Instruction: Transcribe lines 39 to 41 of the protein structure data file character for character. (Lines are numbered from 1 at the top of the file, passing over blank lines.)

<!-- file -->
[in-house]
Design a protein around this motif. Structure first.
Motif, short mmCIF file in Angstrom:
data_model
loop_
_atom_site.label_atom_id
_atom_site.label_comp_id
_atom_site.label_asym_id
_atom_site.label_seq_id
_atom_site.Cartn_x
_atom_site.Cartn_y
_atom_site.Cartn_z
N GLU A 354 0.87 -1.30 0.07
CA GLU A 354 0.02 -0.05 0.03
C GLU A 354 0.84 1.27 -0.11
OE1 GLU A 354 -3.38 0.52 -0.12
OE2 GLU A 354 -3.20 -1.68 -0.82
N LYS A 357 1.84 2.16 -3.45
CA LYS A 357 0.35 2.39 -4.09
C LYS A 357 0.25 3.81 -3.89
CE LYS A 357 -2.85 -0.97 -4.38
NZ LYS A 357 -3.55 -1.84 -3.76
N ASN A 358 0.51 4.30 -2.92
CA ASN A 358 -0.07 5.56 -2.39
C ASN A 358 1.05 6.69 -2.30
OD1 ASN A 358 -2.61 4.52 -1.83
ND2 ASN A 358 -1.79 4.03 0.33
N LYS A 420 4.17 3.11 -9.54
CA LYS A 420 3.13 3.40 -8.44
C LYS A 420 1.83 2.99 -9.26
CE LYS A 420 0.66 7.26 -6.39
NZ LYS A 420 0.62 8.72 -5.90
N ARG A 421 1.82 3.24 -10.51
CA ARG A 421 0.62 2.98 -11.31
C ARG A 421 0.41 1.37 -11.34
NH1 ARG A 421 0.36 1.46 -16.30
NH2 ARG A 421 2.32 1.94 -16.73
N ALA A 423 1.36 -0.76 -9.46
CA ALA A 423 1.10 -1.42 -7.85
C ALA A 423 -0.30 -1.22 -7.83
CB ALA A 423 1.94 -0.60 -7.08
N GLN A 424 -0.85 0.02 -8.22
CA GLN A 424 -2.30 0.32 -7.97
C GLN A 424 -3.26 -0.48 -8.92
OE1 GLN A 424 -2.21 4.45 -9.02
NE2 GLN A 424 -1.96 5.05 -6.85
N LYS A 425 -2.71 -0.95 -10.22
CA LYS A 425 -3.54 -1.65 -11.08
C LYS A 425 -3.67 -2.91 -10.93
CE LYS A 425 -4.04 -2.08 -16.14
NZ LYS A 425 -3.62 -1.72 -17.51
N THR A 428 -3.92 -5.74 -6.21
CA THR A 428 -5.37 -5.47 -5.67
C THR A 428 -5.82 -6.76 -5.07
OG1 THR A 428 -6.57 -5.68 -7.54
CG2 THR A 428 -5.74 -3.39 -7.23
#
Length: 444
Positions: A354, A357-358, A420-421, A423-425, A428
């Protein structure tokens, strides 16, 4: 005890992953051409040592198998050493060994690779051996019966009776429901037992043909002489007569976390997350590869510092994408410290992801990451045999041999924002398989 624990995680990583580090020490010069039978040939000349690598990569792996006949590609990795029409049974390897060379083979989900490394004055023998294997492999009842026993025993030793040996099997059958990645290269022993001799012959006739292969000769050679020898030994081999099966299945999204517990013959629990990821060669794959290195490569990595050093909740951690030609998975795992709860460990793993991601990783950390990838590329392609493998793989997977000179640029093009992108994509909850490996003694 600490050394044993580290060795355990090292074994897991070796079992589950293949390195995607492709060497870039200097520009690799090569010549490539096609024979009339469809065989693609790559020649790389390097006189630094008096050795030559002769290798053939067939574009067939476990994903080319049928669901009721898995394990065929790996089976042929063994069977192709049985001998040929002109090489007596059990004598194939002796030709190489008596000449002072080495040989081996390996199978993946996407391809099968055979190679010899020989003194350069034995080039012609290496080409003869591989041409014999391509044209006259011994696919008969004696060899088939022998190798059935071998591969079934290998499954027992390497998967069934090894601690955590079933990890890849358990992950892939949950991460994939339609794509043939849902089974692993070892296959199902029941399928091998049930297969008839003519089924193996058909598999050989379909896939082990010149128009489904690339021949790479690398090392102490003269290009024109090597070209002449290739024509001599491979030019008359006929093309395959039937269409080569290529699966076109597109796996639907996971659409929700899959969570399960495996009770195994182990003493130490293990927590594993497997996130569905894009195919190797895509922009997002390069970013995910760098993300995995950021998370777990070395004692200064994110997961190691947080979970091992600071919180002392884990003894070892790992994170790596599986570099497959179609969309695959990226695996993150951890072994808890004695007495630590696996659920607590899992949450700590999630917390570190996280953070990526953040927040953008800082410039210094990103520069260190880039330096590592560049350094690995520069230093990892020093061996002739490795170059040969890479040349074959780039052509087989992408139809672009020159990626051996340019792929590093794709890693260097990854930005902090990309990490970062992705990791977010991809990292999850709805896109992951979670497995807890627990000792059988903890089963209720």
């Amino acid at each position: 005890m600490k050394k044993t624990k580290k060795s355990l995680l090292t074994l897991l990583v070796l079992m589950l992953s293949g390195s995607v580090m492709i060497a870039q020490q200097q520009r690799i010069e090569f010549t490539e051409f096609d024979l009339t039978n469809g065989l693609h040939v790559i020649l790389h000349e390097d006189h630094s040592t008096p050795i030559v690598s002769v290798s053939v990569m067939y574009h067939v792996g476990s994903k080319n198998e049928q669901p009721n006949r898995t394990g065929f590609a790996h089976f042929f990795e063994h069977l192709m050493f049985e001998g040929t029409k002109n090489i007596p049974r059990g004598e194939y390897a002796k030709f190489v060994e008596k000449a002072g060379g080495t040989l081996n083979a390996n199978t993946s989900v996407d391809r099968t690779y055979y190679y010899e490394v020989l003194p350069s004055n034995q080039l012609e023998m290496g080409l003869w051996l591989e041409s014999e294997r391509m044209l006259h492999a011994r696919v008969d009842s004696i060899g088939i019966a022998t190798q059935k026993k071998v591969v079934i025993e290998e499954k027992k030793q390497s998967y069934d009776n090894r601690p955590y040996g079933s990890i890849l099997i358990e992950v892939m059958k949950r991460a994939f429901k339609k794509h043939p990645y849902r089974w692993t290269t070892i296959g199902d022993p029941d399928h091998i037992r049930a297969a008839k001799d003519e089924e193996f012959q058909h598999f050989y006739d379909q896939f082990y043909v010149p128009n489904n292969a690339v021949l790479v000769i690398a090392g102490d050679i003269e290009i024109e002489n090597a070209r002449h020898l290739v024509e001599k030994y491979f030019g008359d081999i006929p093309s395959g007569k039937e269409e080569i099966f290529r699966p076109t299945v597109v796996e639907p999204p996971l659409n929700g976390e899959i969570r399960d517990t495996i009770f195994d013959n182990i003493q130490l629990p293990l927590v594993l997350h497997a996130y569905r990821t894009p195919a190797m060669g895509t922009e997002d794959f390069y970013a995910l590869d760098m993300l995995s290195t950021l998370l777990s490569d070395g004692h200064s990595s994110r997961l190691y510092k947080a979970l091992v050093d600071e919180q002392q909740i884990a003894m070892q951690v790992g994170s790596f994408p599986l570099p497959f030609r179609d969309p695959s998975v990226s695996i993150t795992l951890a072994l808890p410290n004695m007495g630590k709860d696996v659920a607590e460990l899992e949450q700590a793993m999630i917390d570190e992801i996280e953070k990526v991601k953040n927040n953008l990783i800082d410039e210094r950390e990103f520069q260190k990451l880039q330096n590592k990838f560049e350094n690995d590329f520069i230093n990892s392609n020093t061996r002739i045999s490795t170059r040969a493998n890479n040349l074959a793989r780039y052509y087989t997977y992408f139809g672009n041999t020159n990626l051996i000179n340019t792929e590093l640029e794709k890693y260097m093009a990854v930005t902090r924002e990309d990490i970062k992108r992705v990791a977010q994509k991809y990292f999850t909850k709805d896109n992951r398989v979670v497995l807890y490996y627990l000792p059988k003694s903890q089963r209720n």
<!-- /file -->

CA ALA A 423 1.10 -1.42 -7.85
C ALA A 423 -0.30 -1.22 -7.83
CB ALA A 423 1.94 -0.60 -7.08